Makes 6 servings

CHICKEN CORDON BLEU

6 boneless skinless chicken breast halves (4 oz. each)

1/4 tsp. salt

1/4 tsp. pepper

6 slices deli ham

3 slices aged Swiss cheese, halved

1 cup panko (Japanese bread crumbs)

Cooking spray

sauce

2 Tbsp. all-purpose flour

1 cup 2% milk

1/2 cup dry white wine

1/3 cup finely shredded Swiss cheese

1/4 tsp. salt

1/8 tsp. pepper

  1. Preheat oven to 375 degrees.  Sprinkle chicken with salt and pepper; arrange in a greased 9×13″ baking dish.
  2. Top each with 1 slice ham and 1/2 slice cheese, folding ham in half and covering chicken as much as possible.  Sprinkle with bread crumbs.  Carefully spritz crumbs with cooking spray, keeping crumbs in place.  Bake 15-20 minutes or until golden brown and a thermometer inserted in chicken reads 165 degrees.
  3. For sauce, in a small saucepan, whisk flour and milk until smooth.  Bring sauce to a boil, stirring constantly; cook and stir 1-2 minutes or until thickened.
  4. Reduce to medium heat.  Stir in wine and shredded cheese; cook and stir 2-3 minutes or until cheese is melted and sauce is thickened and bubbly.  Stir in salt and pepper.  Keep warm over low heat until ready to serve.  Serve sauce with chicken.

Per serving:

285 calories, 9g fat (4g sat. fat), 89mg chol., 490mg sodium, 12g. carb, trace fiber, 33g pro.

Diabetic Exchanges:

4 lean meat, 1 starch

I hope this encourages you to celebrate around the dinner table with your family tonight!  🙂

FOOD DAY

TL 10-24 FOOD DAY

10-24 FAVORITE FOODS

Most holidays are centered around food – let’s admit it.  Birthdays and anniversaries are not complete without cake and ice cream.  We all have our favorite foods at Thanksgiving and Christmas.  Today is different – we celebrate food itself!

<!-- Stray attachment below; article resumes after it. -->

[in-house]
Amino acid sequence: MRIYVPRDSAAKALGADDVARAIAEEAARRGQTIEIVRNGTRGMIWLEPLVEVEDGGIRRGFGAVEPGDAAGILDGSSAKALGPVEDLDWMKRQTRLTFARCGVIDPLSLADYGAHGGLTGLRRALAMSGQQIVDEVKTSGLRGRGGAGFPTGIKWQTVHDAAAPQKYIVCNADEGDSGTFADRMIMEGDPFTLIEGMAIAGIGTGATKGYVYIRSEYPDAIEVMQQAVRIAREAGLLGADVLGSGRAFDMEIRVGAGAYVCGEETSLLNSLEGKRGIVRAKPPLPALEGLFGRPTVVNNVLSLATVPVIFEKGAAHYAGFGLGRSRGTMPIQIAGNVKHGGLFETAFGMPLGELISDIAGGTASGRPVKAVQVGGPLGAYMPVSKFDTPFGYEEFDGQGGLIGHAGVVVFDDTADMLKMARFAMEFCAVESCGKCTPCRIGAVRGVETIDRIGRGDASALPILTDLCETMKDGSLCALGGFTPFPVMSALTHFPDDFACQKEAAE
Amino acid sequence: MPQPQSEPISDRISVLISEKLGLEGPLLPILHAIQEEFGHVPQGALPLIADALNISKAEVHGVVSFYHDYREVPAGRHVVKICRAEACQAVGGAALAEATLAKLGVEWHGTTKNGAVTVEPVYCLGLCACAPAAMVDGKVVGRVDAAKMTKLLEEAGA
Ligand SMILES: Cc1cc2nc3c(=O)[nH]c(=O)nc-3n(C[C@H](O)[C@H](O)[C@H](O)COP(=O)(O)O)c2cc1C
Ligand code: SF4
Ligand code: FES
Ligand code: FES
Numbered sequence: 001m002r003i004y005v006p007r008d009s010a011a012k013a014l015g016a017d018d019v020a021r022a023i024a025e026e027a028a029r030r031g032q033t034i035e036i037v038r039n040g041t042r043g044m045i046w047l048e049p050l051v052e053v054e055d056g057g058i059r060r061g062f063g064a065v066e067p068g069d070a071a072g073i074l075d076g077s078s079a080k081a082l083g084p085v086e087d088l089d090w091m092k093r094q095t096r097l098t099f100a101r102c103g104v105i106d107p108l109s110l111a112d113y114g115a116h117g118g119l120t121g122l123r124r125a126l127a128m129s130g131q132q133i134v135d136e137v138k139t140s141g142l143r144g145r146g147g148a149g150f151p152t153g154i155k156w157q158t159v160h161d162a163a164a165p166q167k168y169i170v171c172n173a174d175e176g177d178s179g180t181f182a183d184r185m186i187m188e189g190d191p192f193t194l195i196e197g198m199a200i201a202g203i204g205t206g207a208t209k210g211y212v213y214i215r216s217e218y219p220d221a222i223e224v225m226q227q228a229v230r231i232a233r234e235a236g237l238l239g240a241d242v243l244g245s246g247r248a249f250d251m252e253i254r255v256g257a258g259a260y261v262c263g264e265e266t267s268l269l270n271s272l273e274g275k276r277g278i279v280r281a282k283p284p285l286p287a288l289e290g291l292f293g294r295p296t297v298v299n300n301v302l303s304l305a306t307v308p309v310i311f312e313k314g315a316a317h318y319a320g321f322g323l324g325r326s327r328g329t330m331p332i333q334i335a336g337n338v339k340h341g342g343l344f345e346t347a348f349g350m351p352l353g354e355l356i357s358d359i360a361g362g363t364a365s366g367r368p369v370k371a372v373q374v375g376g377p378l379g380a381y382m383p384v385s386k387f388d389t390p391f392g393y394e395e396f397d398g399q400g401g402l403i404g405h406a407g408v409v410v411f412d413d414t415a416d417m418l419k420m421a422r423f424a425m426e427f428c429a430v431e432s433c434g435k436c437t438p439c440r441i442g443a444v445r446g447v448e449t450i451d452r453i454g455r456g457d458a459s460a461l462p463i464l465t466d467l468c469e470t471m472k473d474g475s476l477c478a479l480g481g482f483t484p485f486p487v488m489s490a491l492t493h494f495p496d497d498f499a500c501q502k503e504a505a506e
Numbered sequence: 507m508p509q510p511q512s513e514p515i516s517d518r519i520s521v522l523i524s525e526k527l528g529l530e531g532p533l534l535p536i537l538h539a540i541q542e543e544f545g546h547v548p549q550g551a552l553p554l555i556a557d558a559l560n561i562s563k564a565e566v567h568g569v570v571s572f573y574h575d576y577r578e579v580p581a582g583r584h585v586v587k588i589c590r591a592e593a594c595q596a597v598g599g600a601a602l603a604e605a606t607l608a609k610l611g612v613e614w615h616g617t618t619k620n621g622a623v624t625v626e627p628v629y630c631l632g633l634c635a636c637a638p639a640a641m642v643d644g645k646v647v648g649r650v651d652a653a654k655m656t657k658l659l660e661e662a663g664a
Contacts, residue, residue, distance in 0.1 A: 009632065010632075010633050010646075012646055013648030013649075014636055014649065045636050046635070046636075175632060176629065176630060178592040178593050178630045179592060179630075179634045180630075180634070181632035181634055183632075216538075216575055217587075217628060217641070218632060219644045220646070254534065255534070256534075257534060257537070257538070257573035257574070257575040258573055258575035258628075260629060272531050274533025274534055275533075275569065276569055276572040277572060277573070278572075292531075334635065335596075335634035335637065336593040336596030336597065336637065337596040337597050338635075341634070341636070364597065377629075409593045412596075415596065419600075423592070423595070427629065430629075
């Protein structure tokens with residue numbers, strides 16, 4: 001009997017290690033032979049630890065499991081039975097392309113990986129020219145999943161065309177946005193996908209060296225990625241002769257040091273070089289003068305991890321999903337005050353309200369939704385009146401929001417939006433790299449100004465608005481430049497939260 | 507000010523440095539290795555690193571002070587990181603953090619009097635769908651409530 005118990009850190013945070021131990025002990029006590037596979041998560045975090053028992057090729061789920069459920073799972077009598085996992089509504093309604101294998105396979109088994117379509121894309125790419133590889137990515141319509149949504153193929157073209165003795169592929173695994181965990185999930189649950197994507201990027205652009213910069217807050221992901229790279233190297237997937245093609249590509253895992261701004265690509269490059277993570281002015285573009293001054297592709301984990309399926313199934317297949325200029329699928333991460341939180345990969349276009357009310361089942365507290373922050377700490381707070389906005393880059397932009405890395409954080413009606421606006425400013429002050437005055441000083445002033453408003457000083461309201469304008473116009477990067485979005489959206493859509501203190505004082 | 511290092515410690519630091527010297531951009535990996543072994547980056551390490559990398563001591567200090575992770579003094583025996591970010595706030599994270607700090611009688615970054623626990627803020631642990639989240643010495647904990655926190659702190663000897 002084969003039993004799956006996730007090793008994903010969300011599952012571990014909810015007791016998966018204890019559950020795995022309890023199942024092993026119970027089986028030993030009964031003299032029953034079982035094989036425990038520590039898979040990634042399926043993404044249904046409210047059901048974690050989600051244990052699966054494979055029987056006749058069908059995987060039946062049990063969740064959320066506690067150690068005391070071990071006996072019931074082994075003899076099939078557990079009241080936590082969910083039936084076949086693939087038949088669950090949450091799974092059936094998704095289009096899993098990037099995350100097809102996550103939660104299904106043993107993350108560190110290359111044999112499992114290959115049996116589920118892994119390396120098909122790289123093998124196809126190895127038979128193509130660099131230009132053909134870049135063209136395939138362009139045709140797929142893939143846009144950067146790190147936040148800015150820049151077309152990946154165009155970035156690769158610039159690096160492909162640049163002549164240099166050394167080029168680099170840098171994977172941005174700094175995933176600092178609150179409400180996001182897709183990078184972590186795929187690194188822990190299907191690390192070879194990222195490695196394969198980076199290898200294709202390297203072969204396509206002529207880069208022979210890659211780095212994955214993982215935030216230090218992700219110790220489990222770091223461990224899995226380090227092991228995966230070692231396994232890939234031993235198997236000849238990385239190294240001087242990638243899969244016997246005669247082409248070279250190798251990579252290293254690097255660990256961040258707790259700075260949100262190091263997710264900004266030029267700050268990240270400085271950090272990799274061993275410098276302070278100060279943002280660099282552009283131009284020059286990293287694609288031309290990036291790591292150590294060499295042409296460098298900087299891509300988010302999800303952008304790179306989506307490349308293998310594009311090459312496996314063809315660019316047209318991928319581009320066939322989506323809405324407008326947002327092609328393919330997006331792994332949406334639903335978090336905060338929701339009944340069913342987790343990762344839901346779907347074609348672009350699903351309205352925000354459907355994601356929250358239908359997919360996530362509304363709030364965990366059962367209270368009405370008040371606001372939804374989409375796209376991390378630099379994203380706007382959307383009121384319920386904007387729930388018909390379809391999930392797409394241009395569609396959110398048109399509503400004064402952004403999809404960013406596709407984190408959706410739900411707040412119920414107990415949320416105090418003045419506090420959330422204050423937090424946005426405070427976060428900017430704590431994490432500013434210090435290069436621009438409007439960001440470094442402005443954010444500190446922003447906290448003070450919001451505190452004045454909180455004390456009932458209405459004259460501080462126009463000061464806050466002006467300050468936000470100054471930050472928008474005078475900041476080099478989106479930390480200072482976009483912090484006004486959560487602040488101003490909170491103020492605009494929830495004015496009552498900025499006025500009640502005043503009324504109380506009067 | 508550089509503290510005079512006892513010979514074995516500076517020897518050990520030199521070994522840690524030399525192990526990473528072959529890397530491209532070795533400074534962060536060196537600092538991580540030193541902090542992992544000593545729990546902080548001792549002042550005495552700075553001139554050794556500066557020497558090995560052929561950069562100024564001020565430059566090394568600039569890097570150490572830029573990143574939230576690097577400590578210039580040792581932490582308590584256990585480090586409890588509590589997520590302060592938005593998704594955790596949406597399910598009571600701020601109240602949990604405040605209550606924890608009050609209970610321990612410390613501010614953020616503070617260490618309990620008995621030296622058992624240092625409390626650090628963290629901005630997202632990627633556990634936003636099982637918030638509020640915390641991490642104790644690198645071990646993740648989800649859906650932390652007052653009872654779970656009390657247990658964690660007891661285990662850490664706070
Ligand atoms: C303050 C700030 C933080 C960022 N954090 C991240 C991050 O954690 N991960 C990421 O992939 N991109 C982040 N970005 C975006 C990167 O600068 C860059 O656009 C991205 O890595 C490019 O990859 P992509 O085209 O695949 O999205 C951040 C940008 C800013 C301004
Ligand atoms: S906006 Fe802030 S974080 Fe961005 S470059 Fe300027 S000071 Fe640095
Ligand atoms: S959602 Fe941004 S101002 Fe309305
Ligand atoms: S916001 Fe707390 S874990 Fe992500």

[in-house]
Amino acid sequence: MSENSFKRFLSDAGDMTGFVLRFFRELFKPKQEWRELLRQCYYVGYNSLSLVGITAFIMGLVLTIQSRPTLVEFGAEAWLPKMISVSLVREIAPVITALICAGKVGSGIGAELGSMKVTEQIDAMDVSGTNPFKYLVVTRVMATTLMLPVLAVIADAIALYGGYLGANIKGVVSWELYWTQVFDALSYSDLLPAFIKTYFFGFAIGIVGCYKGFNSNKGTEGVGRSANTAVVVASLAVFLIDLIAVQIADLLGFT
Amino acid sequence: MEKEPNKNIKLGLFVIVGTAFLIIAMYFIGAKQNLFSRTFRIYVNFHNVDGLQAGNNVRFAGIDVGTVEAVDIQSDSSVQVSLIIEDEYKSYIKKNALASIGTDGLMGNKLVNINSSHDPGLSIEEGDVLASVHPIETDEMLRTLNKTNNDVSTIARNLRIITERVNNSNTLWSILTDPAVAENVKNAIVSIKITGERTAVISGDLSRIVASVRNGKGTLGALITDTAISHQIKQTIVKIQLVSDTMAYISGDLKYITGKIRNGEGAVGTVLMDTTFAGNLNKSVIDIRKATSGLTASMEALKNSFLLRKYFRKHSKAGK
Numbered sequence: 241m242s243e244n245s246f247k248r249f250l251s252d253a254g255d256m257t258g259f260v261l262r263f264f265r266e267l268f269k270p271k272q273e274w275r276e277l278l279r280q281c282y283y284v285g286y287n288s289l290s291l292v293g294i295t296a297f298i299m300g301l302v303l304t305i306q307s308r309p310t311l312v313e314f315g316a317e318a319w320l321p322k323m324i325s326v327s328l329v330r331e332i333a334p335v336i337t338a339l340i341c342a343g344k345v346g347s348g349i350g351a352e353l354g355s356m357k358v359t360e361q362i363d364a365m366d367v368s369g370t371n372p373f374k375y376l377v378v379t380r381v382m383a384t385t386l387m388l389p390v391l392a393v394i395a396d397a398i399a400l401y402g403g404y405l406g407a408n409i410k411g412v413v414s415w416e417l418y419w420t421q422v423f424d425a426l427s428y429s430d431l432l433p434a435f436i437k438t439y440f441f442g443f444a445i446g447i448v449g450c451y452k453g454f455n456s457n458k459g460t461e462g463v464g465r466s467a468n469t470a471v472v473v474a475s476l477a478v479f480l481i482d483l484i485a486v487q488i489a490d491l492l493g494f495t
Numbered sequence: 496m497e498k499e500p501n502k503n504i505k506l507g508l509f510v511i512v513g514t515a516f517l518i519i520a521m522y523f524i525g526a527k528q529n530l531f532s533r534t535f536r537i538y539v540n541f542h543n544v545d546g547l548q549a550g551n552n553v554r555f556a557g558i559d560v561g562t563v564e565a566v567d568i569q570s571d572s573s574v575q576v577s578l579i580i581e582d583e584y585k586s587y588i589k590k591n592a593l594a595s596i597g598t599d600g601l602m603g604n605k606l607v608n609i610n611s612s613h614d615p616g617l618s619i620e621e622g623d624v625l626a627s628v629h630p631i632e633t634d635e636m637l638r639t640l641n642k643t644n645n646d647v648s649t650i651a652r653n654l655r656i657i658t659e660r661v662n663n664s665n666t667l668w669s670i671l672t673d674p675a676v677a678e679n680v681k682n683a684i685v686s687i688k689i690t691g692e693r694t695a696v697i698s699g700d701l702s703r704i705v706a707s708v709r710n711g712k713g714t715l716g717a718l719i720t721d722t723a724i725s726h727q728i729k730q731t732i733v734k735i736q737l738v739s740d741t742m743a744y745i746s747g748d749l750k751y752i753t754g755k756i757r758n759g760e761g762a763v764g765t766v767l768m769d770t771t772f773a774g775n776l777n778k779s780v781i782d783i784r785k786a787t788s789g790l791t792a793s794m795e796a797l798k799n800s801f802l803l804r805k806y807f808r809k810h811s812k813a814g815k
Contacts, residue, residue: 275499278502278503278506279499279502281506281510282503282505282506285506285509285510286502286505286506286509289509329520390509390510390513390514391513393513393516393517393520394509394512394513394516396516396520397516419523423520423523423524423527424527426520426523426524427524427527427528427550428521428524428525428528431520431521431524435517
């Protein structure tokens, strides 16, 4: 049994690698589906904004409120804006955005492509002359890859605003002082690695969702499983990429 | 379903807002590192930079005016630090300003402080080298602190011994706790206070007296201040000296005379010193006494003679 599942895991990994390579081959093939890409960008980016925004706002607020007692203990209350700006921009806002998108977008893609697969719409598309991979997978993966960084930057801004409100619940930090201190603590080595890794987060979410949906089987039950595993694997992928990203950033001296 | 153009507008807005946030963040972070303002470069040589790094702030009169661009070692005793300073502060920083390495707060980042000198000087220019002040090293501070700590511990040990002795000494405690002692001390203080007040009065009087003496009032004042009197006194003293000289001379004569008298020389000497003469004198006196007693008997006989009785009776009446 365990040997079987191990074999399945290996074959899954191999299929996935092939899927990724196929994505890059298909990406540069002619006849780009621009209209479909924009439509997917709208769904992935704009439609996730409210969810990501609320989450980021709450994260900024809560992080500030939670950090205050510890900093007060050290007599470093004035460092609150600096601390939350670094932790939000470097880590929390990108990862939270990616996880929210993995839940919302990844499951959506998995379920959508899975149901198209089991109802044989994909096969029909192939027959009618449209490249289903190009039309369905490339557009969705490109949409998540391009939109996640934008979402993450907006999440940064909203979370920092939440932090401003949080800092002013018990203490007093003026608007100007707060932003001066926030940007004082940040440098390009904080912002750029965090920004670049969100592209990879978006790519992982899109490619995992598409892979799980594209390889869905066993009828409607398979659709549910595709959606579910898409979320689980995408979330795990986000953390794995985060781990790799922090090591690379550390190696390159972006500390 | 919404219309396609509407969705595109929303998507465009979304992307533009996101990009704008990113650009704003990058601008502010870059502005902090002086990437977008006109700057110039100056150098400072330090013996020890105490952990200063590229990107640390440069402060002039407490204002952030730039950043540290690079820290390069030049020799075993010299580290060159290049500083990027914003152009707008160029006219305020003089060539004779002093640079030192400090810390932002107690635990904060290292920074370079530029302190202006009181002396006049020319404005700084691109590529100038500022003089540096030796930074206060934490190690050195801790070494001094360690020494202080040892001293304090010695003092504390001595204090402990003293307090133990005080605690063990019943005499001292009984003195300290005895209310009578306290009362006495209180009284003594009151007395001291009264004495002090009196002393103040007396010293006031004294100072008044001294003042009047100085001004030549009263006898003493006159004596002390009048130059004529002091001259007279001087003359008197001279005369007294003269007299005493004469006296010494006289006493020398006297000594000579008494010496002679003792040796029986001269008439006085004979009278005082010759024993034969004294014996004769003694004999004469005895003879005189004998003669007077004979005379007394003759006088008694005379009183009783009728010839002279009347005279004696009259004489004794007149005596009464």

Diabetes has taught me to look at food choices differently than I used to.  I used to eat more carbohydrates and unhealthy fats.  Now I have restricted both in order to keep my blood glucose happy and lose some weight.  Good fuel equals good overall health and a good mood!  Healthy foods are not more expensive or less tasty than unhealthy foods.

The only drawback of fresh fruits and vegetables is that they need to be used rather quickly after being purchased.  You do have to visit the market more often, but the benefits far outweigh the drawbacks.  Once you begin to enjoy meals with fresh or frozen foods, you won’t want to eat packaged, canned or overly processed foods again.

I refer to junk food as “party food” because the only time I allow myself to eat it is in a social situation.  There was a time when I took a bag of chips with me to watch television and mindlessly popped them – then wondered why I gained so much weight!  Now that I’ve been forced to think about what I eat, it’s easier now.  I have to think of food as fuel for my body and not comfort for my emotions.  It’s amazing how freeing it is once you separate the two.

People tend to buy processed packaged foods for the convenience factor.  Open, heat and eat.  I challenge you to read the labels of the convenience foods next time you’re at the grocery store.  Before I had to think about eating, I bought the instant packets of oatmeal.  I didn’t read the labels because I didn’t think I needed to.  Once I did start reading them – I was shocked at the amount of sodium and sugar in those tiny little packets!  Now I buy steel-cut oatmeal with no added sugars or sodium.  What a difference that one change made!

Fresh food does demand more preparation – (chopping, dicing, etc.) but in the long run, it is well worth the effort.  Celebrate real food today!  😀